### Paper Menu >>

### Journal Menu >>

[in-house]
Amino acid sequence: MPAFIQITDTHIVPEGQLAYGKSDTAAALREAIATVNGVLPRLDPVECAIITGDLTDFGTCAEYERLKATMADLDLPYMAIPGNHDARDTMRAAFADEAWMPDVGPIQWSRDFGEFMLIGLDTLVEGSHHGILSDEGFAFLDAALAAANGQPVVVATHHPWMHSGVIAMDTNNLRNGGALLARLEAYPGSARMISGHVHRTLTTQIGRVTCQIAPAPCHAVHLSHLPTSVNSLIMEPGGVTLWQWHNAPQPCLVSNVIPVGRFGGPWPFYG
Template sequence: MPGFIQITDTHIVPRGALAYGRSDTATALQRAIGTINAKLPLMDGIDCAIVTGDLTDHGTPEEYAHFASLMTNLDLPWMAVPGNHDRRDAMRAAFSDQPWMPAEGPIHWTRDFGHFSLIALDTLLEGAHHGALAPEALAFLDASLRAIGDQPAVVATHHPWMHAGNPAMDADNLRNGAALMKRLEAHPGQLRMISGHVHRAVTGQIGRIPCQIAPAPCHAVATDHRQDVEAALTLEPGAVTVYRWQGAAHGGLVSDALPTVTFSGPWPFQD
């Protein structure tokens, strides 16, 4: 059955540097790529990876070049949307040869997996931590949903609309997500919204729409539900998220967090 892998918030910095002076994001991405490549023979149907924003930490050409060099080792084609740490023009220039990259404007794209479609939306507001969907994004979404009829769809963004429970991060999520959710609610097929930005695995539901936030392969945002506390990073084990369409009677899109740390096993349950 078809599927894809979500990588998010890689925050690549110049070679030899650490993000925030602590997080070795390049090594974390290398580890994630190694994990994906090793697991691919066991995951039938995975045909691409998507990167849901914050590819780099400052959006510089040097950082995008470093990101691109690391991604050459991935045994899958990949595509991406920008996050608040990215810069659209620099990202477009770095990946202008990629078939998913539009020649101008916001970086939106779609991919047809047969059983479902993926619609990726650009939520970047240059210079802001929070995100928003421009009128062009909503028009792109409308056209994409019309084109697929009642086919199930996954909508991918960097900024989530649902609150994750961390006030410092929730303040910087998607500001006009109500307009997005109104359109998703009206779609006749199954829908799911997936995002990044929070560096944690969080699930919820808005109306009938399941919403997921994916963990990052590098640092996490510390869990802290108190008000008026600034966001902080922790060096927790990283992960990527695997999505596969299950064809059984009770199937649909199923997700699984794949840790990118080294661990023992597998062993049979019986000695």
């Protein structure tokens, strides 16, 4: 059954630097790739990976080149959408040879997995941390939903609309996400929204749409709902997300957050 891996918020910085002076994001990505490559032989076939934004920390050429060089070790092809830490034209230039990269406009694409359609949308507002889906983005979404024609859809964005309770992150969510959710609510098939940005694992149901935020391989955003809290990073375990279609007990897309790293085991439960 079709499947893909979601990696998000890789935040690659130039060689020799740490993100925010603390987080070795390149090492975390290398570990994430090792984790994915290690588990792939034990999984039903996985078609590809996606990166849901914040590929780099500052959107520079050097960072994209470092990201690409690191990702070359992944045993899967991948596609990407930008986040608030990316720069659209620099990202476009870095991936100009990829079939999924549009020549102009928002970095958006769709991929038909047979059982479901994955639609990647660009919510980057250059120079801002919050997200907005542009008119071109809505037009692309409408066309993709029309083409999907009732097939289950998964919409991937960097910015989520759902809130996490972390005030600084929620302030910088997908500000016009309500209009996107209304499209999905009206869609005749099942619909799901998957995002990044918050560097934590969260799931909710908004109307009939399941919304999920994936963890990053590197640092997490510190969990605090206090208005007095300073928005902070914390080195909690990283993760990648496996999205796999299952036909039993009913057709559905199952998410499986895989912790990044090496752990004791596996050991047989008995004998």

J. Mod. Phys., 2010, 1, 1-8 doi:10.4236/jmp.2010.11001 Published Online April 2010 (http://www.scirp.org/journal/jmp) Copyright © 2010 SciRes. JMP Plastic Flow Macrolocalization: Autowave and Quasi-Particle Lev B. Zuev, Svetlana A. Barannikova Institute of Strength Physics and Materials Science, Tomsk, Russia E-mail: lbz@ispms.tsc.ru Received March 2, 2010; revised March 26, 2010; accepted April 7, 2010 Abstract A new approach is proposed to describe the autowave processes responsible for plastic deformation localiza- tion in metals and alloys. The existence of a quasi-particle, which corresponds to a localized plastic flow autowave, is postulated and its characteristics are determined. The above postulate leads to a number of cor- ollaries and quantitative assessments that are considered herein. The deformation processes occurring on the macro- and micro-scale levels are found to be directly related. Keywords: Localization, Plastic Deformation, Autowave, Quasi-Particle 1. Introduction The experimental studies of plastic flow in solids carried out during last decades [1,2] allow one to throw light upon the plasticity phenomenon and to detect the most important experimental fact that the plastic flow would exhibit a localization behavior from yield point to failure. Recently strong experimental evidences for the above viewpoint were presented independently by several workers [3-5]. In order to visualize the localization pat- terns observed by mechanical testing, a technique of dou- ble-exposure speckle-photography was developed [6]. Some of the observed localization patterns are demon- strated in Figure 1(a). As is seen from Figure 1(b), these have very complex structure characterized by a typical macroscopic scale of about 10-2 m. This suggests that the deforming medium becomes spontaneously stratified into macroscopic layers, with deforming (active) layers alternating with non-deforming (passive) ones. In a general case, the boundaries between such layers are mobile; therefore, the process of plastic flow is conven- tionally considered as evolution of localized plastic flow patterns. The phenomenology and quantitative characteristics of the localization effect have been fully elucidated by now. Thus a detailed investigation of space-time periodic lo- calization patterns [1,2] allows one to refer the localiza- tion phenomenon to self-organization processes. The above assumption is only valid provided the term ‘self- organization’ is taken to imply, according to Haken [7], that the system acquires spatial, temporal or functional structure in the absence of any specific periodic external action. Of major importance is the finding that the local- ized plastic flow patterns have all the particular features of autowave (self-excited) process. This comes into par- ticular prominence at the linear stage of deformation hardening as the plastic flow localization takes on the form of phase autowave, which has length 10-2 m and propagation rate 541 1010m s aw V . The auto- waves in question are distinct from the well-known plastic deformation waves that are generated in solids under shock loading which are described by Kolsky in [8]. However, the nature of localized plastic flow phe- nomena is poorly understood so that the challenge of interpreting rich experimental evidences on plastic flow macrolocalization can be daunting. To accomplish this demanding task, a new model of plastic flow localization is proposed herein. 2. On the Observation of Localization Phenomena As noted above, the experimental observation of local- ized plastic flow autowaves was carried on with help of a specially developed speckle photography technique re- lated to focused-image holography [6]. The method de- veloped makes feasible the experimental determination of displacement vector fields and the calculation of plas- tic distortion tensor components for the deforming specimen. A vast array of wavelength and propagation rate data has been acquired and stored digitally in a computer. L. B. ZUEV ET AL. Copyright © 2010 SciRes. JMP 2 Figure 1. (a) A typical example of localized plastic flow autowave generated at the linear work hardening stage in the single crystal of alloyed -Fe; (b) xx - local elongation; x and y- specimen length and width, respectively; - nucleus spacing (autowave length); aw V - autowave propagation rate; the distributions of the plastic distortion tensor com- ponents, x x , xy and z , within the localization zone in the single crystal of alloyed -Fe. The spatial distributions of plastic distortion tensor components can be used to locate localized plastic flow nuclei; the kinetic characteristics of the nuclei can be determined from the temporal evolution thereof. The characteristics of autowaves are defined as follows. First the spatial period (length of autowave, ) is determined from the variation in the space co-ordinates of localiza- tion nuclei with time (see Figure 2); then the time of variation, Т, is defined. Hence the phase rate of autowave propagation is given as aw VTk (here T 2 is the frequency and 2 k is the wave number). Figure 2. The spatial ( ) and temporal (T) periods of local- ized plastic deformation as determined for the single crys- tals of alloyed -Fe for n = 1 and n ~ 0.5 (linear and para- bolic work hardening stages, respectively); )( - stress- strain dependence; Xt- variation in the localization nu- cleus co-ordinates with time (●; ▲;▼; ■; +; ; ; -). The quantitative characteristics of autowave processes involved in the plastic flow localization were determined experimentally in our investigations [1,2]. The test specimens were prepared from the single crystals of FCC BCC and HCP alloys (Al, Cu, Ni and -Fe; -Fe, V and Nb and Mg, Zn, Zr and Ti, respectively) and from poly- crystalline metals and alloys. The alkali halide crystals KCl, NaCl and LiF and some rocks were also studied. The mechanical characteristics and the shape of plastic flow curve are found to be determined by chemical composition, grain size (in the case of polycrystals) and tension axis orientation (in the case of single crystals). The plastic localization patterns observed for all materi- als studied have many features in common which are discussed below. 3. Correspondence between the Localized Plastic Flow Patterns and the Work Hardening Stages One of the striking results obtained in these investiga- tions is the finding that the emergent localized plastic flow patterns strictly correspond to the well-known plas- tic strain stages [9]. Using the Ludwik equation [10], the flow curve is readily separated into individual stages, i.e. n 0, (1) where 0 is the proof stress, is the work hardening coefficient and n is the hardening exponent. Especially convenient for this separation is the value n since it changes discretely with the plastic flow. Then the flow stages singled out on the curve are matched against the respective specific patterns of plastic flow localiza- tion. In what follows the localized plastic flow patterns (a) (b) L. B. ZUEV ET AL. Copyright © 2010 SciRes. JMP 3 are discussed in the order of their emergence. The first to appear is a solitary front of localized plas- tic flow, which travels along the specimen elongation axis at the yield plateau in the polycrystals (n = 0) or at the easy glide in the single crystals (n 0). In this case, an elastic-plastic transition takes place. The motion of such a front can be regarded as switching autowave [11]. The next pattern is a mobile set of parallel fronts sepa- rated by distance , which is observed at the linear work hardening stage in the single-crystal and polycrystalline specimens (n = 1; ~ ). In accordance with [8], the latter pattern corresponds to a typical phase autowave having length and propagation rate aw V. The third in the order of appearance is a group of immobile equidis- tant localized plasticity nuclei, which occurs at the para- bolic work hardening (Tailor’s) stage (n = ½; 21 ~ ) in most materials [9]. This pattern might be considered a stationary dissipative structure [11]. The autowave pat- tern emergent at the pre-failure stage (0 n½) is spe- cifically associated with ‘collapse’ of the autowave [12] which takes place concurrently with the onset of macro-necking. The final stage of the plastic flow proc- ess (n0) is ductile failure of material. The above phe- nomena would emerge spontaneously in the specimen under constant-rate tensile loading. Following Seeger and Frank [13], we regard these phenomena as processes of structure formation. On the base of conclusive evidence obtained for a wide range of materials the following Rule of Corre- spondence is introduced: in accordance with the acting work hardening law, , each plastic flow stage in- volves a special kind of autowave process. The rule for- mulated above applies to all the plastic flow phenomena having a characteristic macro-scale of about 10-2 m. However, the work hardening law governs the mecha- nisms involved in the interaction of lattice defects [6]. Therefore, the said rule apparently applies to the defect subsystem of the deforming crystal [9]. For this reason, the plastic flow is expected to manifest certain micro- scopic features that are indications of microscopic effects. In our opinion, three such manifestations merit special note. These are considered below. 4. On the Manifestations of Microscopic Effects 4.1. Elastic and Plastic Deformation Invariant On the base of experimental data a significant regularity is established for the autowave process of plastic flow localization in a range of metals. Thus a close correla- tion is found to exist between the product of the macro- scopic parameters of the autowave process, aw V , and the product of the microscopic (lattice) parameters of material, Vd. Here d is the spacing between the close-packed planes of the lattice and Vis the trans- verse elastic wave rate. The numerical data obtained for studied metals is listed in Table 1. Matching of this data suggests that the following equality is good within an acceptable range of accuracy 12 32 aw i VdVrV (2) Indeed, a numerical analysis shows that 3i dr (here i r is the Pauling ion radius [14]). Equation (2) is vali- dated by the fact that the average ratio 2aw VdV 1.04 0.52 obtained for studied metals is about close to unity and the dependence aw dV V is a linear one (see Figure 3). Equation (2) is physically significant since it estab- lishes a quantitative relationship between the micro-scale (lattice) characteristics (d and V) of elastic waves which govern elastic deformation processes on the one hand and the macro-scale characteristics ( and aw V) of localized plastic flow autowaves which are generated Table 1. Matching of aw V and dV values calculated from Equation (2). aw V ·107d·1010 V·10-3 Vd ·107 Metal (m2s1) (m) (ms1) (m2s1) Vd Vaw 2 Cu 3.60 2.08 2.30 4.78 1.50 Al 7.92 2.33 3.23 7.52 2.10 Zr 1.92 2.46 2.25 5.53 0.70 Ti 3.50 2.24 2.96 6.63 1.06 V 2.80 2.14 2.83 6.06 0.92 -Fe 2.55 2.07 3.32 6.87 0.74 -Fe 2.24 2.03 3.32 6.74 0.66 Ni 2.10 2.03 3.22 6.54 0.64 Figure 3. Verification of the validity of Equation (2) with help of a linear dependence between the ratiosd and aw VV ; ■ – easy glide stage; ● – linear work hardening stage. L. B. ZUEV ET AL. Copyright © 2010 SciRes. JMP 4 in deforming media on the other hand. In this case, it might be reasonable to regard the products Vd and aw V as invariants of elastic and plastic deformation processes, respectively. The above regularity suggests that the elastic and the plastic processes simultaneously involved in the deformation ( 1 and 1 , respec- tively) are closely related. The quantity V is the rate of elastic stress redistribution in the deforming solid and the quantity aw Vis the rate of localized plasticity front rear- rangement in the same solid. Thus, the macro-scale local- ization of plastic deformation can no longer be regarded as a mere disturbance of plastic flow homogeneity by neck- ing. What is more, the localization phenomena are taken to be an attribute of the plastic deformation, with their char- acteristics being closely associated with and largely de- termined by the properties of crystal lattice. 4.2. Autowave Characteristics and the Planck Constant A numerical analysis suggests that for all metals and alloys studied the following equality holds good: hrV iaw 3 , (3) where is material density. In other words, the quantum (Planck’s) constant h can be calculated by multiplying the values aw Vand which are localized plastic flow characteristics measured experimentally by the values and i r which are hand-book material constants. Indeed, the calculated values h listed in Table 2 are close to the Planck constant h = 6.626 10-34 Js, with the average value h being (6.44 0.88) 10-34 Js and the ratio hh 0.96 0.07 being close to unity. Thus the Planck constant can be estimated directly from the macro-scale characteristics aw V and , which appears striking in itself. 4.3. Form of Dispersion Relation Let us consider the following quadratic dispersion law [15] 2 00 kk , (4) where , 0 and 0 k are empirical constants. The val- ues of these constants were derived for localized plastic flow autowaves from the experimental data in Figure 4. Note that the value can be both negative and positive, i.e. for the easy glide stage, and for the linear work hardening stage, . Equation (4) is readily reduced to the canonic form 2 1k by substituting 0 and 0 0sign ~ k kk (here ~ and k ~ are the di- mensionless frequency and the wave number, respec- tively, and the signum function of is 1 sign 1 for 0 for 0 ). Wave processes that have quadratic dis- persion law of the latter form would generally satisfy a number of nonlinear equations, e.g. the Schrödinger nonlinear equation, the sine-Gordon equation, etc., which are frequently employed to address self-organization processes occurring in nonlinear media [16]. Therefore, the dispersion relation (4) is taken to be an additional proof for plastic flow localization being involved in the self-organization of the deforming medium. Moreover, Equation (4) turned out to be formally equivalent to the de Broglie wave dispersion law for electrons in sharp- cornered potential well [17], which is significant in itself. 5. A Postulate of Plastic Flow Localization and the Ensuing Corollaries: Introduction of a New Quasi-particle Taken as a whole the above localization patterns demon- strate that the phenomenon in question has not only macroscopic characteristics of autowave process ( and aw V ) but also microscopic ones (h and d or i r ). In view of the ratio i r being about equal to 108, the key problem in this case is how the macro- and micro-scales could be reconciled. To overcome this problem, we pro- pose to use an approach based on the wave-particle dual- ism, which received wide application in the physics of solids [18]. We are led to postulate the existence of aq- uasi-particle having effective mass,ef m, quasimomentum, p, and energy, E, which corresponds to the autowave of localized plastic deformation having wavelength, and Figure 4. The dispersion law k established for local- ized plastic flow autowaves generated at the stages of easy glide (1) and linear work hardening (2); ● – single crystals of Cu, Sn and alloyed -Fe; ■ – single crystals of alloyed -Fe; ▲- polycrystalline Al. L. B. ZUEV ET AL. Copyright © 2010 SciRes. JMP 5 Table 2. Microscopic characteristics and the Planck constant values calculated from the data on localized plastic flow autowaves. ·103 5 10 aw V ef m 27 10 9 10 d 9 10 ion r h1034 Metal (m) (ms1) (a.m.u) 2 10 n (m3) (m) (m) ion rd (J·s) Cu 4.5 8.0 1.1 1.74 1 0.21 0.059 0.072 0.82 8.14 Al 7.2 11 0.50 1.87 3 0.31 0.068 0.051 1.33 5.0 Zr 5.5 3.5 2.05 2.24 4 0.53 0.081 0.079 1.03 6.13 Ti 7.0 5.0 1.1 2.3 4 4.2 0.075 0.076 0.99 6.91 V 4.0 7.0 1.42 2.81 5 0.33 0.069 0.059 1.17 6.52 -Fe 5.0 5.1 1.76 2.81 8 0.33 0.069 0.064 1.08 6.32 -Fe 4.3 5.2 1.77 3.0 8 3.75 0.072 0.064 1.13 6.32 Ni 3.5 6.0 0.89 3.24 100.32 0.068 0.069 0.99 6.17 propagation velocity, aw V. Then it can be written that awefVhm . (5) Equality (5) is a mathematical expression of the above postulate to which we conventionally add the equa- tions ef aw p mV k andE (here 2h) for momentum and energy, respectively [19,20]. It is com- mon knowledge that to validate a postulate, one has to match the corollaries ensuing from the same against ex- perimental evidence. It turns out that a set of corollaries ensues from the above postulate which give an insight into the nature of localized plastic flow processes. These corollaries are considered below. Corollary 1. First we will demonstrate that the effec- tive mass, mef, calculated from Equation (5) has a physi- cal meaning; this quantity depends on the characteristics of the deforming crystal. Indeed, the calculated values listed in Table 2 for a number of metals are in the range 0.5 ef m 2 a.m.u. (here 1 a.m.u. = 1.6610-27 kg is atomic mass unit). Evidently, the volume is readily cal- culated as ef m ; then the length is found as 3 d. The latter value is close to the valuei r, i.e. i r d , with the average ratio being i r d= 1.07 0.091. Thus, the effective mass, mef, turns out to be re- lated to the lattice characteristics, ρ and i r. Apparently, the values mef calculated from Equation (5) differ slightly for each particular metal. The normaliza- tion of effective masses, mef, to the atomic masses, m A, of respective metals yields normalized (dimensionless) mass 1 mef A m , which increases linearly with the number of electrons per unit cell, n (see Figure 5) [21], i.e. n 0. (6) The correlation coefficient for and n values is ~0.95; it has a high statistical significance. Now we propose a physical interpretation of Equation (6) which is based on the consideration of jump-like dis- location motion. Thus a dislocation would become ar- Figure 5. The dimensionless parameter, as a function of the number of electrons per unit cell, n. rested at a local barrier until the thermal fluctuation causes its breakaway, which suggests that the plastic deformation results from the dislocation motion in a vis- cous medium [22]. For di sl Vconst, the motion of dis- locations is controlled by viscous drag force per unit length, dis l v B V F (here B is the viscous drag factor for dislocations) [22]. For disl V const, an inertial term proportional to the dislocation acceleration, disl V , is added to the viscous drag force [23]. Then the total drag force, F, is given by vin disladisl F FF BVBV , (7) where a is the frequency of an elementary deforma- tion act and B apparently has the meaning of added mass per unit length of dislocation. In the case of metals, the factor B is determined by the interaction of dislocations with phonon and electron gases [22]; moreover, the contributions of phonon and electron gases, i.e. p h B ande B, respectively, are addi- tive so that eph B B B . In this case, the first and the second term in the right-hand side of Equation (6) are evidently connected with the contributions to the added mass, B , of the viscous drag of both gases. L. B. ZUEV ET AL. Copyright © 2010 SciRes. JMP 6 The term 0 from (6) is apparently independent of the kind of metal, which is reasonable since the proper- ties of metal are only weakly dependent on the charac- teristics of its phonon spectrum at temperatures exceed- ing the Debye temperature [21]. However, the contribu- tion of electron gas to the added mass should be propor- tional to n, i.e. ~ e Bn [22]. Hence it can be written dis l dislephdislephin VnVmmVBBF 0 ~~~ (8) Thus Equation (8) relates the normalized mass, , to the contributions of phonon and electron gases. Corollary 2. Equation (5) can be rewritten as 3 ief aw r h m h V. (9) The quantity from (9) is calculated as 3 i hr . Then the calculated values, , are matched with the experimental aw V data. The average values obtained for the single -Fe crystals and polycrystalline Al are, re- spectively, aw V = (2.86 0.44) 107 m 2·s-1 ( = 3.2 107 m 2·s-1) and aw V = (7.75 1.36)107 m 2·s-1 ( = 18.4107 m2·s-1). Corollary 3. Equation (5) can be also rewritten as k r h m h V ief aw 2 1 . (10) It is shown above that dkdVV graw and dkkd 2. Hence we can write 0 00 2 kk dkkd . (11) It follows from (11) that dispersion relation of quad- ratic form can be written for localized plastic flow autowaves, i.e. 2 00 2 00 4kkkk . Apparently, the latter relation corresponds to (4). The coefficient from the dispersion relation of quadratic form can be found by matching the experimental k data against the calculated values 4 obtained for Fe and Al. Thus the experimental values obtained for Fe and Al are 5.4108 m 2·s-1 and 7.9107 m 2·s-1, re- spectively, and the calculated data are 2.5108 m2·s-1 and 1.46107 m 2·s-1, respectively. Both sets of data have practically the same order of magnitude. Corollary 4. It follows from Equation (5) that 3 iaw rhV . (12) The terms in both sides of (12) evidently have the units of dynamic viscosity, i.e. kgm1s1 Pas. The calculated value aw V is about equal to 5104 Pas for all studied metals. Hence the latter quantity can be identified with the viscosity of phonon gas, B, which controls dislocation mobility by quasi-viscous motion [22]. This is good indirect evidence for the validity of the same quantity, in particular, by interpreting the physical meaning of dependence (6). Corollary 5. The dispersion relation obtained for lo- calized plastic deformation autowaves can be rewritten in the form appropriate for quasi-particles, i.e. EEp 2 00 Epp (here 0 E, 0 p and are constants). Then the effective mass of the hypothetical quasi-particle is estimated [17] as 1 22 1 22 kpEmef . (13) The experimental and calculated effective masses ob- tained for iron and aluminum are 0.6 and 0.1 a.m.u., re- spectively. This lends credence to the existence of the hypothetical quasi-particle having ef m1 a.m.u. Corollary 6. As is seen from Figure 4, the oscillation spectrum 2 00 kk has a narrow gap in the range 0 0 10-2 Hz. Hence for any temperature, 0B kT (here B k is the Boltzmann constant). Lo- calization phenomena are liable to occur spontaneously at any temperature provided geometric constraints place no restrictions, in particular, in the case of small-sized specimens [1]. Corollary 7. Finally, the jump-like plastic deformation in solids [24] can be explained with help of the above postulate. Let us rewrite Equation (5) as 1 iaw Lh rV . (14) Now suppose that the specimen length L accommo- dates an integer m = 1, 2, 3… of autowaves having length , i.e. Lm , which precludes the occurrence of deformation within the clamps of the testing machine. With growing total deformation, , the elongation of the specimen occurs as 00 1LLLL (here 0 L is the original specimen length). Hence from (14) follows that 1 iaw Lh rVm . (15) For the linear work hardening stage, aw Vconst . From (15) apparently follows that the specimen length would vary discretely (~Lm ) in accord with the jump-wise deformation behavior, i.e. the specimen length would be accommodated to the emergent auto- wave pattern. Deformation jumps may occur by different mechanisms depending on the kind of material so that Equation (15) only states that this kind of deformation behavior is a must. From (15) follows that 1 ~aw LV . The available ex- perimental evidence [1] suggests that the autowave L. B. ZUEV ET AL. Copyright © 2010 SciRes. JMP 7 propagation rate is proportional to the cross-head motion velocity, i.e. ~ aw mach VV . With increasing velocity of the movable clamp of the test machine, the amplitude of jumps is expected to grow less. The latter inference is supported by the experimental data obtained for Al at 1.4 K [24]. Corollary 8. Now it transpires that Equation (3) of the form 3 aw i Vrh is readily derived from the same postulate provided 3 ef i mr . 6. Conclusions It is pertinent to mention here the early efforts to apply quantum ideas to problems of strength and plasticity physics. Thus Steverding was the first to introduce the notion of elastic waves quantization by fracture [25]. By addressing the kinetics of brittle fracture, the existence of a quasi-particle in the deforming medium was postulated. The quasi-particle was identified with the tip of a grow- ing crack; therefore, it got the name ‘crackon’ [26]. Quantum models were applied to explain the tunnel ef- fect observed by dislocation motion [27,28]. On the other hand, recent theoretical and experimental studies indicate that the plastic flow involves wave processes [1-5,7,29, 30]. The above findings justify the use of quantum con- cepts to address plastic flow development in solids. In this approach one has to reconcile micro- and macro- scale manifestations of the localization phenomenon; therefore, physicists dealing with plasticity problems might consider it invalid. When the micro-scale (disloca- tion) level is addressed, the quantization idea appears quite appropriate. In view of crystal lattice discreteness, the minimal possible shear is by the Burgers vector, b, which has microscopic scale d of about 10-10 m and hence might be regarded as a ‘quantum of shear defor- mation’. Hence the use of (2) allows the quantization concept to be extended to the macro-scale level, i.e. aw V 12dV . The fact that the Planck constant value calculated from the data derived in rather ‘rough’ macro-experiments is close to a handbook value might be due to the manifesta- tion of so-called ‘universality concept’ [31], which pos- tulates that the system’s measurables are virtually unaf- fected by the distribution of its major microscopic prop- erties. In other words, both the qualitative and the quan- titative characteristics of material substructure are only partly responsible for, e.g. plastic flow evolution, flow stress level, work hardening coefficient, etc. The corollaries ensuing from the postulate proposed herein have proven to be very fruitful to study deforma- tion localization processes, which validates the concept of wave-particle duality. By way of summary it should be emphasized that the macro-scale effects (characteris- tic scale macro L) emerging in a plastically deforming multi-scale system are found to be directly related to the micro-scale effects (characteristic scale micro i r L), with the scale ratio being 8 10 macro microi r LL . The above gives justification to the use of a common approach, i.e. postulation of a quasi-particle correspond- ing to a localized plastic flow autowave. This turns out to be a fruitful effort by explaining a number of relation- ships in plasticity physics, which have remained poorly understood in the frame of traditional models of crystal plasticity. The postulated quasi-particle would be named “auto-localizon”. As far back as the 1960-ies Dzyaloshinski [32] was the first to discuss the possibility of measuring the Planck constant in mechanical experiments. In his paper this worker emphasizes the importance of studying the mac- roscopic manifestations of typical quantum effects, e.g. superfluidity, superconductivity and the quantum Hall effect discovered later on. In the light of the foregoing it is maintained that the plastic flow in solids is analogous to all these phenomena; therefore, this might also be re- garded as a macroscopic quantum effect. 7. Acknowledgements This work was partly supported by the grant of RFBR (09-08-00213 -а). 8. References [1] L. B. Zuev, “Wave Phenomena in Low-Rate Plastic Flow of Solids,” Annals of Physics, Vol. 10, 2001, pp. 965-984. [2] L. B. Zuev, “On the Waves of Plastic Flow Localization in Pure Metals and Alloys,” Annals of Physics, Vol. 16, 2007, pp. 286-310. [3] R. J. McDonald, C. Efstathiou and P. Curath, “The Wave-Like Plastic Deformation of Single Crystals Cop- per,” Journal of Engineering Materials and Technology, Vol. 131, 2009, pp. 692-703. [4] A. Asharia, A. Beaudoin and R. Miller, “New Perspec- tives in Plasticity Theory: Dislocation Nucleation, Waves and Partial Continuity of Plastic Strain Rate,” Mathemat- ics and Mechanics of Solids, Vol. 13, 2008, pp. 292-315. [5] C. Fressengeas, A. Beaudoin and D. Entemeyer, “Dislo- cation Transport and Intermittency in the Plasticity of Crystalline Solids,” Physical Review B, Vol. 79, 2009, pp. 014108-1-014108-9. [6] L. B. Zuev, V. V. Gorbatenko and S. N. Polyakov, “In- strumentation for Speckle Interferometry and Techniques for Investigating Deformation and Fracture,” Proceedings of SPIE, Vol. 4900, Part 2, 2002, pp. 1197-1208. [7] H. Haken, “Information and Self-Organization,” A Mac- roscopic Approach to Complex Systems, Springer Verlag, Berlin, 1989. [8] H. Kolsky, “Stress Waves in Solid,” Phoenix Education, L. B. ZUEV ET AL. Copyright © 2010 SciRes. JMP 8 Dover, 2003. [9] F. R. N. Nabarro, Z. S. Basinski and D. B. Holt, “The Plasticity of Single Crystals,” Tailor and Francis Ltd, London, 1964. [10] R. Hill, “The Mathematical Theory of Plasticity,” Uni- versity Press, Oxford, 1998. [11] V. A. Davydov, V. S. Zykov and A. S. Michailov, “Kinematics of Autowave Structures in the Excited Me- dia,” Physics-Uspekhi, Vol. 161, 1999, pp. 45-85. [12] B. B. Kadomtsev, “Dynamics and Information,” Physics- Uspekhi, Vol. 164, 1994, pp. 449-530. [13] A. Seeger and W. Frank, “Structure Formation by Dissi- pative Processes in Crystals with High Defect Densities,” In L. P. Kubin and G. Martin Eds., “Non-Linear Phe- nomena in Material Science,” Trans Tech Publications, New York, 1987, pp. 125-137. [14] L. Pauling, “The Nature of the Chemical Bond,” Cornell University Press, Ithaca, 1960. [15] S. A. Barannikova, “Dispersion of the Plastic Strain Lo- calization Waves,” Technical Physics Letters, Vol. 30, 2004, pp. 338-340. [16] A. Scott, “Nonlinear Science,” Emergence and Dynamics of Coherent Structures, University Press, Oxford, 2003. [17] L. D. Landau and E. M. Lifschitz, “Quantum Mechanics: Non-Relativistic Theory,” Course of Theoretical Physics, Pergamon, London, 1977. [18] J. M. Ziman, “Electrons and Phonons,” University Press, Oxford, 2001. [19] J. P. Billingsley, “The Possible Influence of the De Broglie Momentum-Wavelength Relation on Plastic Strain ‘Autowave’ Phenomena in ‘Active Materials’,” International Journal of Solids and Structures, Vol. 38, 2001, pp. 4221-4234. [20] L. B. Zuev, “The Linear Work Hardening Stage and De Broglie Equation for Autowaves of Localized Plasticity,” International Journal of Solids and Structures, Vol. 42, 2005, pp. 943-949. [21] A. P. Cracknell and K. C. Wong, “The Fermi Surface. Its Concept, Determination and Use in the Physics of Met- als,” Clarendon Press, Oxford, 1973. [22] V. I. Al’shits and V. L. Indenbom, “Mechanisms of Dis- locations Drag,” In F. R. N. Nabarro Ed., Dislocations in Solids, Amsterdam, 1986, pp. 43-111. [23] L. D. Landau and E. M. Lifshits, “Hydrodynamics,” Nauka Publications, Moscow, 1988. [24] V. V. Pustovalov, “Serrated Deformation of Metals and Alloys at Low Temperatures,” Low Temperature Physics, Vol. 34, 2008, pp. 683-723. [25] B. Steverding, “Quantization of stress waves and Frac- ture,” Materials Science and Engineering, Vol. 9, 1972, pp. 185-189. [26] E. M. Morozov, L. S. Polack and Ya. B. Fridman, “On Variation Principles of Crack Development in Solids,” Soviet Physics-Doklady, Vol. 156, 1964, pp. 537-540. [27] T. Oku and J. M. Galligan, “Quantum Mechanical Tun- neling of Dislocations,” Physical Review Letters, Vol. 22, 1969, pp. 596-597. [28] B. V. Petukhov and V. L. Pokrovsky, “Quantum and Classic Motion of Dislocations in the Potential Peierls Relief,” Journal of Experimental and Theoretical Physics, Vol. 63, 1972, pp. 634-647. [29] E.C. Aifantis, “Nonlinearity, Periodicity and Patterning in Plasticity and Fracture,” International Journal of Non- Linear Mechanics, Vol. 31, 1996, pp. 797-809. [30] E.C. Aifantis, “Gradient Plasticity,” In J. Lemaître, Ed., Handbook of Materials Behavior Models, Academic Press, New York, 2001, pp. 291-307. [31] Y. Imry, “Introduction to Mesoscopic Physics,” Univer- sity Press, Oxford, 2002. [32] L. P. Dzyaloshinski, “Macroscopic Quantum Phenom- ena,” Soviet Physics-Uspekhi, Vol. 90, 1966, pp. 623- 629. |